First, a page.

First, she wanted to kiss me, her father, the same way that romantic interests in movies do. Again, she is still little and doesn’t grasp that the love between us is different from the love between a mom and a dad or a fat kid and cake. But still, ew.

Second, and this part actually bothered me more, is in the little story she’s constructed in her head she has cast herself as the antagonist in somebody else’s love story. She wasn’t acting like the person who actually gets married to Dennis Quaid at the end of the movie. She was acting like the pretty lady who wore pretty dresses – who just so happened to be the worst person in the movie. Do better kid.

My older daughter is pretty much in the same love boat, except it is not so much exciting and new as it is awkward. While not outright mimicking a single character, she is definitely confusing the love she sees with the love she feels. Starting a few weeks ago, she has been wanting her goodnight kisses on the lips. At first, ok, little peck, no biggie. Now its like she’s a high school boy on a crappy date and I’m struggling to turn my head so she lands on my cheek at the last second. And even when she does land on the cheek, she lingers. And clings. Like an adorable lamprey.

Now I’m in an awkward position. I don’t want to tell her she can’t kiss me. I want her to be able to express appropriate affection and see that as a healthy part of our relationship. So I tell her that’s not how you kiss your daddy, but so far that nuance hasn’t sunk in. She knows she loves me, and she knows she wants to kiss me.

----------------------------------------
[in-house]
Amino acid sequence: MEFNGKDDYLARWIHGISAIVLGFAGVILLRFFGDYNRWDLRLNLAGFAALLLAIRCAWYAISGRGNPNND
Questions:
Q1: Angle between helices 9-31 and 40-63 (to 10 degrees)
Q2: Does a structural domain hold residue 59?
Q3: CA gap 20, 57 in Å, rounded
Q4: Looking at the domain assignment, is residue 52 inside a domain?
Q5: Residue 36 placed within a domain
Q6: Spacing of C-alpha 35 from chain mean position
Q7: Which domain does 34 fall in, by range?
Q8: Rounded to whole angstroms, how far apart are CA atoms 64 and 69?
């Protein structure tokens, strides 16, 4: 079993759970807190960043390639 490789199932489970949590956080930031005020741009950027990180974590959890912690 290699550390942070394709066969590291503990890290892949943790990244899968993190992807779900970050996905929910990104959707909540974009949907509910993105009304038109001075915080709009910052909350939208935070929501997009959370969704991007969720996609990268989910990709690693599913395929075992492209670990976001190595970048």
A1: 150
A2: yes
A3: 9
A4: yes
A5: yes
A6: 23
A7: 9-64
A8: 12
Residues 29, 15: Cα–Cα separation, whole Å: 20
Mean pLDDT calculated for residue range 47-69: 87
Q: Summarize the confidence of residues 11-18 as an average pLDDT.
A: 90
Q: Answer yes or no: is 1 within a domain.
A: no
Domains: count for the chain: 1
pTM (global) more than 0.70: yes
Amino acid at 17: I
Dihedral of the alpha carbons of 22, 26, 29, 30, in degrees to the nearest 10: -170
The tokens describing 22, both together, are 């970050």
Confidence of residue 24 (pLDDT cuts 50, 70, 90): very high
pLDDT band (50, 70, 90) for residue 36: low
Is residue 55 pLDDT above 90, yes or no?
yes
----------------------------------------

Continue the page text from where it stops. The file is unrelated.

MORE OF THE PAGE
I always wanted to make a point of showing my kids affection, but did I do too good of a job? The next time one of them leans in for a kiss do I offer them a hearty handshake instead? Replace a hug at school drop off with a wink-and-a-gun? What new confusion would I create then? They’d go from thinking I’m the male lead in their personal little rom-coms to wondering if daddy doesn’t love them anymore? Maybe I’ll just get rid of the external influences. No more movies or shows where people kiss. Or hug. Or fall in love at all. But also nothing with fighting – they watch Raya and the Last Dragon and they are sword fighting around the house for a month. So, I hope they like Winnie the Pooh.

I get that in a world were there are dads and daughters that legit have terrible relationships, that this is a parenting first-world problem. My daughters think I’m so funny and handsome that they can’t help but love me (clearly they take after their mother), boo-hoo, right? But the next time one of them sandwiches my face between their tiny hands and starts to lean in for a smoochy kiss, would it be to much to pull a Billy Madison and scream “No, I will not make out with you! Did you hear that? This girl wants to make out with me in the middle of story time! Ya got Piggy and Gerald over here talking about god knows what, and all she’s talking about is making out with me! I’m here to read everybody, not to make out with you! Go on with the Gerald!”

I’m curious to try that, but my luck they would think its hilarious, would insist on making it part of the bedtime routine, and they’d beg for it the next several hundred nights in a row. I’m just too damn lovable.